Funnily enough, I put together my DIY treadmill desk before I realized that you could actually buy a treadmill desk.
So whereas you might be coming to this blog post wondering how to create a cheap treadmill desk by going down the DIY treadmill desk route, for me this was the only solution I thought was available at the time.
But that doesn’t mean when I discovered treadmill desks that I wished I’d researched this more thoroughly first, instead it made me realize how RIGHT a DIY treadmill desk is for me and my home office.
- 1 The Pros Of A DIY Treadmill Desk
- 2 The Cons Of A DIY Treadmill Desk
- 3 How to Make a DIY Treadmill Desk
- 4 Your DIY Treadmill Desk Shopping List
- 5 Your DIY Treadmill Desk Setup
The Pros Of A DIY Treadmill Desk
As soon as I saw “real” treadmill desks online, I knew they wouldn’t be suitable for my needs.
Allows for a bigger workspace
I have three monitors, a Mac Studio, a keyboard, a mouse, and a microphone on my desk and that doesn’t include all the extras I like to have around me like a water bottle, notebooks, pens, my phone, lip balm, a coffee… you get the idea.
My home office desk is actually an old dining table and I have quickly spread out my workspace all over it. In order to achieve a similar setup with all of the treadmill desks I have seen, I’d need to invest in a lot of extra “kit” for my treadmill desk to make it work.
This leads me nicely on to…
It’s the cheaper option
Treadmill desks are NOT cheap. We’re talking $3,000+ for what is, essentially, a treadmill with a stand for your laptop and not much else.
As you move up in price range, you can find treadmill desks for $8,000 or more which actually work in a similar way to the DIY treadmill desk setup I have in my office but they still don’t offer the desk space I’d need.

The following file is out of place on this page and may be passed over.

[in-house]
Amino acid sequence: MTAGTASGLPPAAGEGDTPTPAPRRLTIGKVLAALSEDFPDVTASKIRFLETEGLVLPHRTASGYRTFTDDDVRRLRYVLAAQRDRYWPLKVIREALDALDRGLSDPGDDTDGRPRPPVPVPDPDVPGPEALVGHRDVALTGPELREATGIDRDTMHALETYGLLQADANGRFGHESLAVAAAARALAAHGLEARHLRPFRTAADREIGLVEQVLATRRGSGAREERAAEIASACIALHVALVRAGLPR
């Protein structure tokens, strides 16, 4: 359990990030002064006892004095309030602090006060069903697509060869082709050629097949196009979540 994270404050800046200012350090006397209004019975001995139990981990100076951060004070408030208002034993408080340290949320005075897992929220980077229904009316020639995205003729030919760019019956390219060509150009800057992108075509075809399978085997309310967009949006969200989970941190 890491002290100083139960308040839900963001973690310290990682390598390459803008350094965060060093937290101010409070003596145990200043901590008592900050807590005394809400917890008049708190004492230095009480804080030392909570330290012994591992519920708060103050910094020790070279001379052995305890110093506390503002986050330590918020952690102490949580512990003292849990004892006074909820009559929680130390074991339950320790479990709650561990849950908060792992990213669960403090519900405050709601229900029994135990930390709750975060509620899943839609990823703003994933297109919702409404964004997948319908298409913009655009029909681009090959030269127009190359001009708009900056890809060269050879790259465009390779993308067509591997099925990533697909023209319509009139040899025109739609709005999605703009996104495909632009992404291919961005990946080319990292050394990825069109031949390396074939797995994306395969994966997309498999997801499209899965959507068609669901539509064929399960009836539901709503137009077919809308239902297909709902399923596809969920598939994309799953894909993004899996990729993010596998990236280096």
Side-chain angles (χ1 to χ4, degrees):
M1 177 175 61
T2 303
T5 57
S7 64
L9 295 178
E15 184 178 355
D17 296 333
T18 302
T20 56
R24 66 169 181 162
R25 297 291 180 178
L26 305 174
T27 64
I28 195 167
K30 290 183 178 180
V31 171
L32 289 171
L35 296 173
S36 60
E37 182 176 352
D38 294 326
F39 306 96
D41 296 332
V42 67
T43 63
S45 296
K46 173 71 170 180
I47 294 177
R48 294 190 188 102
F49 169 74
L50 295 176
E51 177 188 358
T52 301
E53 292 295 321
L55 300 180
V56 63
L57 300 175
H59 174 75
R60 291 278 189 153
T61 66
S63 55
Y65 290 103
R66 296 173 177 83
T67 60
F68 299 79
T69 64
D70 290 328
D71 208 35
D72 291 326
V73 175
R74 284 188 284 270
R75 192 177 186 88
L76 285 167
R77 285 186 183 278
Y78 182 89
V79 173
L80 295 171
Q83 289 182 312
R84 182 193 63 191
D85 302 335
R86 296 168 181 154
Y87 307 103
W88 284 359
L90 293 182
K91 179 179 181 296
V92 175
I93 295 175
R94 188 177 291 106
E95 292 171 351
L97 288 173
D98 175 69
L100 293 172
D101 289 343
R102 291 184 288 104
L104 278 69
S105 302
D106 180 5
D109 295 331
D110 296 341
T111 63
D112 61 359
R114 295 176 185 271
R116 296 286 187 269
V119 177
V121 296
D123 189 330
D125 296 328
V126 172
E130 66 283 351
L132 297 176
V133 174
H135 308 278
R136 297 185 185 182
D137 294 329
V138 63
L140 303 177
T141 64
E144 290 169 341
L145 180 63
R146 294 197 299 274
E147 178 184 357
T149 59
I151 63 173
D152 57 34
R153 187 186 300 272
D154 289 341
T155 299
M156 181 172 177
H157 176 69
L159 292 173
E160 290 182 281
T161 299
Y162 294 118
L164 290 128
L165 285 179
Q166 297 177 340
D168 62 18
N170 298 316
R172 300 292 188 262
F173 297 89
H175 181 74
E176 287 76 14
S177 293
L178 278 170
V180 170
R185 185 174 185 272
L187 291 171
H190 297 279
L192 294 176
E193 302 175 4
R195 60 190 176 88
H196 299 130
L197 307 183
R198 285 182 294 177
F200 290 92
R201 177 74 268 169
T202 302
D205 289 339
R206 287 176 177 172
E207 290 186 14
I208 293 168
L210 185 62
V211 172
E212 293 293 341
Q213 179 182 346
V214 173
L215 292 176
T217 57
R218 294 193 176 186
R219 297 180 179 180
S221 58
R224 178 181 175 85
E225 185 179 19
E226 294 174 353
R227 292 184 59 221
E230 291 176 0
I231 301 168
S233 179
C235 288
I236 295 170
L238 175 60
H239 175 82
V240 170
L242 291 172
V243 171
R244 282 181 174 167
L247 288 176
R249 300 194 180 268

Alternatively, my DIY treadmill desk cost me $520. This is a total no-brainer decision, even if I didn’t have to make it because I’d already bought the setup!
The Cons Of A DIY Treadmill Desk
Transitioning isn’t smooth
The main con I have experienced so far is that the transition from sitting to standing isn’t as smooth as a traditional treadmill desk appears to be.
The few treadmill desks I’ve seen online either come with a handy button you can press on the desk which will raise it for you, or they’re a standing desk all the time meaning you don’t have to do anything to your desk to set it up.
With my DIY treadmill desk, I have to move my under desk treadmill away from my desk when I’m not using it and manually lower my standing desk converter before my desk is ready for me to sit down. This doesn’t really bother me but I can see the appeal of having something a little slicker later down the road, or if you don’t need as big a workspace.
Less money, more problems…?
The other con I have experienced is that because I am buying cheaper treadmills for my under desk treadmill solution, I’ve already had to send back one and buy a second one in the hopes I have a better experience. This is a very unique issue that I’m not even sure you could classify as a con for every user, but from what I’ve read on various forums I think the cheaper you go for your under desk treadmill, the shorter a life it will have.
Because I haven’t tried out a traditional treadmill desk to compare, I can’t be sure that this issue is unique to DIY treadmill desks but I suspect it’s a case of buying something cheap and it crapped out. We’ll have to see about that one!
Now that we’ve covered the pros and cons, hopefully, I’ve convinced you to give a DIY treadmill desk a try. It’s honestly one of the best things I’ve invested in for my health, fitness, and work productivity in, well, FOREVER and I love that you are considering setting one up for yourself.
Let’s dive in!
How to Make a DIY Treadmill Desk
Before I give you all the details on how to make a DIY treadmill desk (including what products you’ll need), I want to share a picture of my DIY treadmill desk so you get the idea of how exactly this setup will work in your own office.
As you can see, it’s a very basic setup but it works incredibly well. And no, I wasn’t lying about the old dining table desk!
Your DIY Treadmill Desk Shopping List